I don't quite get the criticism regarding the films trying to push the Harry/Hermione relationship. If anything, the movies have done a better job of ensuring that Harry/annoyingweasleygirl and Hermione/Ron actually belong together. In the books, I HATE HATE HATE these couples.

Hermione/Harry always seemed more of a fit, even before the obvious chemistry between Dan and Emma in the movies. I get why JK did it, Ron would have been the odd man out, and this way they all end up family in the end. Still, she never really developed Ginny and Harry's relationship very well, especially since they end up married in the end.

vesperholly
11-21-2010, 09:20 AM
Personally I don't think either the deathly hallows or the symbol are all that important save for the elder wand. In the book, it's explained that the deathly hallows were a delaying tactic to give the Order of the Phoenix cohort enough time to launch a successful challenge.

The elder wand becomes significant, but that could have stood on its own rather than as part of the deathly hallows imo.

Eh? Isn't Voldemort obsessed with obtaining the deathly hallows because it would mean he can conquer death? He was after the sorcerer's stone in book 1, then again as far as he knows, it's been destroyed. I don't remember him going after an invisibility cloak, though ... plot hole ftw.

The lack of the cloak in the movie bugged me. Did they use up all their FX budget on Dobby and Kreacher?

The scene where Hermione explains the deathly hallows was stunning, though.


I don't quite get the criticism regarding the films trying to push the Harry/Hermione relationship.
Did that (not in the book) slow dance didn't hold any tension for you at all? I thought it was a nice bit of Harry to be cheering up Hermione, but I could have done without the gazing lovingly into each other's eyes bit. Ditch that scene and show Pettigrew strangling himself, or the cloak, or Hermione reading Skeeter's book, or Voldy showing up at Godric's Hollow.

I wanted to see Luna's bedroom, but I agree with a video review I watched that it was almost better not to see it, because it was so vividly described in the book and it would almost have to fail in comparison.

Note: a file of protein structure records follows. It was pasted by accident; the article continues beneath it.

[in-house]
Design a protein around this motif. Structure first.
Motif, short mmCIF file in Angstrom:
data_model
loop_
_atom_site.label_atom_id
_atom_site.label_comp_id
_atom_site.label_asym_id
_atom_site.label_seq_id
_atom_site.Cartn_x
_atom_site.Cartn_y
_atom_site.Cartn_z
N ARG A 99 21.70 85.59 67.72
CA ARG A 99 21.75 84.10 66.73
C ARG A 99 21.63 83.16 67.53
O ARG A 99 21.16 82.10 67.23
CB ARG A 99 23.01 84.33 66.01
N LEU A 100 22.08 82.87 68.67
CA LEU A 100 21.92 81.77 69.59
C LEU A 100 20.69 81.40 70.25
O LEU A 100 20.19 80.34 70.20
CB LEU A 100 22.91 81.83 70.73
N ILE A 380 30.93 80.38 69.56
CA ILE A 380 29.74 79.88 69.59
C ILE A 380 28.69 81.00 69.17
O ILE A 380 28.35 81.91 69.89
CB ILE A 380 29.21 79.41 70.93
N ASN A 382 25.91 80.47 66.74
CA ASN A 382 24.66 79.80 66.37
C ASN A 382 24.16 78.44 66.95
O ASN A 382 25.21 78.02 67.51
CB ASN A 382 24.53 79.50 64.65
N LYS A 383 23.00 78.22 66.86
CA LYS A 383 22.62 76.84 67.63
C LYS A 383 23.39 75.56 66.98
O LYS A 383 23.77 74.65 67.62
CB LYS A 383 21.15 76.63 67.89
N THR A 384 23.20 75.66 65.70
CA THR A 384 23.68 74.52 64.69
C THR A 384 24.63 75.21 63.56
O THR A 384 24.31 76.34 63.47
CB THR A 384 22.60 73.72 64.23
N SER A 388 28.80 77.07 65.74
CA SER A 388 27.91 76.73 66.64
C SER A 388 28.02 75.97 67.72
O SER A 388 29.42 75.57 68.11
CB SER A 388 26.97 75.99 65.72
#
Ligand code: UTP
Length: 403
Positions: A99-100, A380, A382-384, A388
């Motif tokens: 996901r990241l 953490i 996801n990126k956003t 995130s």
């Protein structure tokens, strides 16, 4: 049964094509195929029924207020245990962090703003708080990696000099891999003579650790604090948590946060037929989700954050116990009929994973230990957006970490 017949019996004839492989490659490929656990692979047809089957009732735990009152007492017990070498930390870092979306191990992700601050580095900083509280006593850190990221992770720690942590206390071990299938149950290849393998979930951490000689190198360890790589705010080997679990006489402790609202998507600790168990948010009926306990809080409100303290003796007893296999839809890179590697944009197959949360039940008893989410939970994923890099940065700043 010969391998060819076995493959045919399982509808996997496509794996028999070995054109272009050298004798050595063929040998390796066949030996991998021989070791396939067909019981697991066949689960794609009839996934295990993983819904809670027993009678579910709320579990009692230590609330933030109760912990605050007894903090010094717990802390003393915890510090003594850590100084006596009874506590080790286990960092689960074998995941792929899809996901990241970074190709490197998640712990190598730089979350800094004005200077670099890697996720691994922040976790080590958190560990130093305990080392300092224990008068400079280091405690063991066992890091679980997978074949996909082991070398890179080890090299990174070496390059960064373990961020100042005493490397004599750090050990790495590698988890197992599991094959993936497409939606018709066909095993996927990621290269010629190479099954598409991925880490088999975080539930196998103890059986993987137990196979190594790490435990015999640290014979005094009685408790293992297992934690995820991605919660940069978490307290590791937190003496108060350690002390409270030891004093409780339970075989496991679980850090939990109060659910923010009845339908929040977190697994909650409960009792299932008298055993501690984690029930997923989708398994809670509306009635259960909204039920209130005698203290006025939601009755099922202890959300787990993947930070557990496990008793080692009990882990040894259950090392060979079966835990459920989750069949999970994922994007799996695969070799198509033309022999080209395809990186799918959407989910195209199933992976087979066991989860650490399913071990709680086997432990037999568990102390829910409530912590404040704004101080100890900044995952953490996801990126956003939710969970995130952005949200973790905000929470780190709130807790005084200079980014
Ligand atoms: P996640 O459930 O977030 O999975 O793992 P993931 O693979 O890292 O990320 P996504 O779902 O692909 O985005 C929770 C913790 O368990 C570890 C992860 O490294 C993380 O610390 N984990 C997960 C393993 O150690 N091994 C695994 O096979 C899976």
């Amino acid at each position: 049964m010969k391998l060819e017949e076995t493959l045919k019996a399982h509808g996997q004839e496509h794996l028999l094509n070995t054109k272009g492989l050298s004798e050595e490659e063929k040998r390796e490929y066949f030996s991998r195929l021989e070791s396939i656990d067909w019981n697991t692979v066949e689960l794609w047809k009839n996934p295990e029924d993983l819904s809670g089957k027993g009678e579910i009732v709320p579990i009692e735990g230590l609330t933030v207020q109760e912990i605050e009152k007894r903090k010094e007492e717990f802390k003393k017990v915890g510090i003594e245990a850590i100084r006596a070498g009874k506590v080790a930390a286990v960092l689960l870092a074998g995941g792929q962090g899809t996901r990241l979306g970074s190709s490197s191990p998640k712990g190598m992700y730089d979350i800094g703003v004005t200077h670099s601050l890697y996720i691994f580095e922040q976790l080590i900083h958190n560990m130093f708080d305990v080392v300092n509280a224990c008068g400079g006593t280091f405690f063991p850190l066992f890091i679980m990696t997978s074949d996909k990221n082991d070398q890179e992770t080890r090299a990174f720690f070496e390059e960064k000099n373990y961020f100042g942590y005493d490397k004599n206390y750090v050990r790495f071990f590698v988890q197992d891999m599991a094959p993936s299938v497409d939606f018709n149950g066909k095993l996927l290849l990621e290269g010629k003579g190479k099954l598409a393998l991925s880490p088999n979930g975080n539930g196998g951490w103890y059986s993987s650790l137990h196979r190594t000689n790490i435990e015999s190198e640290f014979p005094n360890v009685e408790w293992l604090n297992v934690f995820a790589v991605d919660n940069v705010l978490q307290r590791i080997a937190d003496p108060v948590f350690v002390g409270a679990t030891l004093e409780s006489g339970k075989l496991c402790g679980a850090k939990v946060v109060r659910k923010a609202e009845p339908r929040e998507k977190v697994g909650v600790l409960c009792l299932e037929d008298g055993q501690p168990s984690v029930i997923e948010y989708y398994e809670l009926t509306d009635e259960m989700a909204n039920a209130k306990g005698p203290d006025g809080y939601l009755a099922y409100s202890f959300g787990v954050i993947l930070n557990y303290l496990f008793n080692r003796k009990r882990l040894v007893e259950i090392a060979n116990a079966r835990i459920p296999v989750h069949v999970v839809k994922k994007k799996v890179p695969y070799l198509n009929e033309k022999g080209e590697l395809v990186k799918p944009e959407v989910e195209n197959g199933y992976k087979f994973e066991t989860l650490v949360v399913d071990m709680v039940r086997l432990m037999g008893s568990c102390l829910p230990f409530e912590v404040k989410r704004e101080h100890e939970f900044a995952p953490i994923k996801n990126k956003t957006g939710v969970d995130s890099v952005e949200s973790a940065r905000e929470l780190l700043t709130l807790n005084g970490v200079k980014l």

I also thought the slow motion "oooOOOOHHH!!!!" of Bellatrix's knife falling toward Dobby was OTT. And HBC was really overacting in this one. I kept thinking, "but where's Dean?!"

FigureSpins
11-21-2010, 03:06 PM
OTOH, I couldn't watch or read LOTR movies or books, try as I may, finding both extremely boring.Loved the books, even wrote some LOTR fanfiction back in the 1970s, but I have never wanted to see the movies.

I know the Deathly Hollow are important, I'm asking about the symbol... Hope it will be explained in 7.2 because right now it seemed like the 'symbol' was a plot device to move the story along and didn't explain why Luna's dad is wearing the symbol. The book explained Xeno Lovegood's wearing of the symbol, which is different from others' perspectives. Some wizards/witches dismiss the Deathly Hallows as myths, others (like Krum) feel it represents an evil cult, but Xeno's group uses it as a symbol of faith. The truth is something in between, revealing backstory of Dumbledore's youth.

JK Rowling brought some religious undercurrents into play, and trust me, they're obvious. I'm not a person to really analyze what the author meant between the lines.


My only major eyerolling was at all the wizards wearing muggle clothing, including those at Malfoy Manor and the Ministry of Magic. GIMMEABREAK. ITA. The business-formal look at the Malfoy Mansion was confusing - why would they dress like the much-hated Muggles? Especially at the Ministry, where they have the sculpture showing Muggles' rightful place? Doesn't make sense. At least they didn't make Snape wash his hair!



Another missing element was Harry's disillusionment with Dumbledore after reading Rita Skeeter's book. There was no anger at his mentor.
Which makes me wonder about the waiting room scene that we SHOULD see in 7.2 with those two characters. I hope it doesn't get cut - it's classic Dumbledore - a bit dotty, but sharp as a tack and giving Harry just enough info to make a plan.



I've never been fond of Helena Bonham Carter as Bellatrix. While Bella is crazy as a loon, Carter plays the part way over the top.

I never thought of Bellatrix being crazy in the books, I just thought she was evil. I don't like Carter's portrayal either. If I were Voldy, why would I trust a nutjob like that, obsession/worship aside? She's a weak link for him - often letting personal vendettas or glory-seeking cloud her judgement.